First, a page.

Nearly half of Americans express confidence in the safety of the U.S. food supply, a new consumer survey has revealed.

At 47%, confidence in U.S. food safety has remained stable for three years, according to the 2010 Food & Health Survey, published July 23 by the International Food Information Council Foundation.

The percent of the population “not confident” in food safety declined to 18% in 2010 compared to 24% in 2009. The study reported those consumers who said they were neutral on the topic increased to 35% in 2010 compared with 26% in 2009.

The study was the fifth annual report aiming to glean insights about consumer attitudes regarding nutrition, food safety and health-related topics.

The study said Americans’ perceptions of their health status remains steady from previous years, with 38% indicating their health is “excellent” or “very good” and 57% saying they were “extremely satisfied” or “somewhat satisfied” with their health status.

Regarding weight, the 2010 study found that Americans’ concern about their weight status was unchanged compared with a year ago, with 70% indicating they are concerned about their weight and 77% saying they are trying to lose or maintain their weight.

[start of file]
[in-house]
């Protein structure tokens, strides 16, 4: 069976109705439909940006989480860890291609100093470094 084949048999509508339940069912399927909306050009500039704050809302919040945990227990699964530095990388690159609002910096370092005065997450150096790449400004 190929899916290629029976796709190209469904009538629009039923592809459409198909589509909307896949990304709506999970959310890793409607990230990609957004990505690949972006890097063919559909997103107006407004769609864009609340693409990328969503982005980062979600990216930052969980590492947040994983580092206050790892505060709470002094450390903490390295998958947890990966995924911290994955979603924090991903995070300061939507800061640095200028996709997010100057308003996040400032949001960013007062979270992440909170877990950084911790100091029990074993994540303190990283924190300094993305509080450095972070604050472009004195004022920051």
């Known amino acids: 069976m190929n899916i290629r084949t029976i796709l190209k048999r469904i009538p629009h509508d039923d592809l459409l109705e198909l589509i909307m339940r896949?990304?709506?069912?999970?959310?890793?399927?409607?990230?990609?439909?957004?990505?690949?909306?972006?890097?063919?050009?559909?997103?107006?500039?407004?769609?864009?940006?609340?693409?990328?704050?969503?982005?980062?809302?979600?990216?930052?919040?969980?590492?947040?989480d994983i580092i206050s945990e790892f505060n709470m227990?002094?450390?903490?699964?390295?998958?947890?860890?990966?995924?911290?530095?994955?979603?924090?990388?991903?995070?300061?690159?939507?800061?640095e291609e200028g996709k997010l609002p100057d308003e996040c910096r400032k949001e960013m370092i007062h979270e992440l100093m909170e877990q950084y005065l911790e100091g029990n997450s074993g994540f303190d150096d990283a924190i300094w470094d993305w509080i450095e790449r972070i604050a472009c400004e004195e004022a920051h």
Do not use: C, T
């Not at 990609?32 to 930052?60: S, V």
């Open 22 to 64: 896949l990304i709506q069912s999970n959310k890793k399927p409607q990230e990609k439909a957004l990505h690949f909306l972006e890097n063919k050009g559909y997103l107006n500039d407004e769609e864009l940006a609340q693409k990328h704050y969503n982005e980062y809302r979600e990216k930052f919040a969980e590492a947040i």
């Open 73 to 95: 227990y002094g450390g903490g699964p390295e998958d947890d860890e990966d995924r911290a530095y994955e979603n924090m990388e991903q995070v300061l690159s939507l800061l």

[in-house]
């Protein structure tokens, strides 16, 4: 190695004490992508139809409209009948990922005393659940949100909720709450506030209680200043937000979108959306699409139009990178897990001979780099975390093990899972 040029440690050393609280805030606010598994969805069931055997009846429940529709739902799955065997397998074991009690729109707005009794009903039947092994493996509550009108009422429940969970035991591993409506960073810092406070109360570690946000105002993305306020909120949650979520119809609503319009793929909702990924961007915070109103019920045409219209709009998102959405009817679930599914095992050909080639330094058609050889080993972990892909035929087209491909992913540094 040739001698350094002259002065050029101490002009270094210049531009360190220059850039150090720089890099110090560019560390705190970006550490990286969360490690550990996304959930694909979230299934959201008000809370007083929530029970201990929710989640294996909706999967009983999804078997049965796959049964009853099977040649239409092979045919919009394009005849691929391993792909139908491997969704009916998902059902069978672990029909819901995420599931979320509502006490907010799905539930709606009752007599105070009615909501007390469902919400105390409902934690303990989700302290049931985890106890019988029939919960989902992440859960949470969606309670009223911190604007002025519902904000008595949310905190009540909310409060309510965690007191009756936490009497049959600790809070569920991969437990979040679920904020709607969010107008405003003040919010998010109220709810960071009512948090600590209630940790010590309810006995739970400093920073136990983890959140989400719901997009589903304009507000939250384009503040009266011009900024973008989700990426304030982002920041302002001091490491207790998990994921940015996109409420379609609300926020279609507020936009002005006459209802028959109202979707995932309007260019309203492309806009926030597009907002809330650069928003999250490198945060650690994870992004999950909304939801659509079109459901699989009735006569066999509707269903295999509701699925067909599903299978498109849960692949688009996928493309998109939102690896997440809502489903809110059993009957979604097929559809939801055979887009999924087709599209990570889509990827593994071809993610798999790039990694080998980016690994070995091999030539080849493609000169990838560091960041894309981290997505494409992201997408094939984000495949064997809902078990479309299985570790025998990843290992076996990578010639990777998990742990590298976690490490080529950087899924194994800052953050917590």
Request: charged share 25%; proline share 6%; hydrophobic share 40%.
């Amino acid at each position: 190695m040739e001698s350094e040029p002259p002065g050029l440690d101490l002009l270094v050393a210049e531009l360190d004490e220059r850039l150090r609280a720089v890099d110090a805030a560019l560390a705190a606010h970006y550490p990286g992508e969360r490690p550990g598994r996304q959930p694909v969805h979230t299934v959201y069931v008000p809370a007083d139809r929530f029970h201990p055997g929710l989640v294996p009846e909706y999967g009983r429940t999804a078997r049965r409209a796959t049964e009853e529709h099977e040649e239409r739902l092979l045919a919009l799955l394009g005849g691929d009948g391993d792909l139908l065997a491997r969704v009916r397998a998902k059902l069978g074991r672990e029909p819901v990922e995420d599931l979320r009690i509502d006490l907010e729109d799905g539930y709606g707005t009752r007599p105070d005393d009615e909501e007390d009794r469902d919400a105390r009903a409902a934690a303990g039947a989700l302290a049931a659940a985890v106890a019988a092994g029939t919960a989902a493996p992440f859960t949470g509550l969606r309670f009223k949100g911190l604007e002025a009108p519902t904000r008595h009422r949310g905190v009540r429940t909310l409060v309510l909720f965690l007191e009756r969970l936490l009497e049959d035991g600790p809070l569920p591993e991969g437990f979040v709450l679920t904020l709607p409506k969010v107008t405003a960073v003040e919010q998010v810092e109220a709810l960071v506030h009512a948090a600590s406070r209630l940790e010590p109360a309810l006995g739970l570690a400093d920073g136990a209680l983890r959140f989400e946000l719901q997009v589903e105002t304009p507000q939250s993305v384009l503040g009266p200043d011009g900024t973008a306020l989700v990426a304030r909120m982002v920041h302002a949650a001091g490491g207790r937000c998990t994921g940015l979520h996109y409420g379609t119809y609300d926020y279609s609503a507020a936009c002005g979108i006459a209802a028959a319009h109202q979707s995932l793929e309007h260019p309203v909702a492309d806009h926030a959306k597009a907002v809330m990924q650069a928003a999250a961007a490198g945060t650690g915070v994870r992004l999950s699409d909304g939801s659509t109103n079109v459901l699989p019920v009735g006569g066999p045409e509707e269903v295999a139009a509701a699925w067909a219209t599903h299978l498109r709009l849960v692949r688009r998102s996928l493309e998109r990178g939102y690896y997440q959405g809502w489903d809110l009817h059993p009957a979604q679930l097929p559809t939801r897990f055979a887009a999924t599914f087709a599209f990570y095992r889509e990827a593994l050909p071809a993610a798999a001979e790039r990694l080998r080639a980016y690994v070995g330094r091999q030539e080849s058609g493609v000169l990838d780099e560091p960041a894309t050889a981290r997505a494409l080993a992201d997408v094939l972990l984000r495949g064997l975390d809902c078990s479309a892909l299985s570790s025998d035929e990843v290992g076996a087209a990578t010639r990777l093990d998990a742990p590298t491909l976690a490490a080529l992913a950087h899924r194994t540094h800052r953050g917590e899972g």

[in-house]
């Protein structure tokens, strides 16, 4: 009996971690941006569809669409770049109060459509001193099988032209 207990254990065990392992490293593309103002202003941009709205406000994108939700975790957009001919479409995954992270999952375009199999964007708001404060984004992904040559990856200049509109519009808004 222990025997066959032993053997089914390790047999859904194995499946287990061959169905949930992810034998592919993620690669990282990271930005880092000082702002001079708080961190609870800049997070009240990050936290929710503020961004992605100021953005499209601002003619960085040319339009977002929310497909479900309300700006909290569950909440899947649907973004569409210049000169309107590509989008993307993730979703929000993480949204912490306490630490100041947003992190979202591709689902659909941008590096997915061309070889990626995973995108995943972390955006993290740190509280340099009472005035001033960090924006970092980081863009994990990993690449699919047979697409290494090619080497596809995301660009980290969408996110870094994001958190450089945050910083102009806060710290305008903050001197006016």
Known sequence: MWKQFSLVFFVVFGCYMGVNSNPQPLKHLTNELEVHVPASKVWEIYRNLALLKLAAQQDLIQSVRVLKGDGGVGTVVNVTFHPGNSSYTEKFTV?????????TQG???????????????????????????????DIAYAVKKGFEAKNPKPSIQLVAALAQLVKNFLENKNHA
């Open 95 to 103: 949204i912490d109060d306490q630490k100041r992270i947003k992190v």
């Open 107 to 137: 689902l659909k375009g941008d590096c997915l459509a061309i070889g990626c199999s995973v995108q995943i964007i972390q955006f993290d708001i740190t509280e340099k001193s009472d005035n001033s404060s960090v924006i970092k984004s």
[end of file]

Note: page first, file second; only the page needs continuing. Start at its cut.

When asked what actions they are taking, 69% of Americans revealed they are changing the amount of food they eat and 63% said they are changing the type of food they consume, the study said.

In fact, the study found that weight loss is the top motivation for wanting to improve diets.

“Americans are more singularly focused on making dietary changes for losing weight, rather than a variety of other motivators,” the executive summary said.

The study found 64% of Americans made changes in their diet to improve health, and 65% reported the primary reason was to lose weight.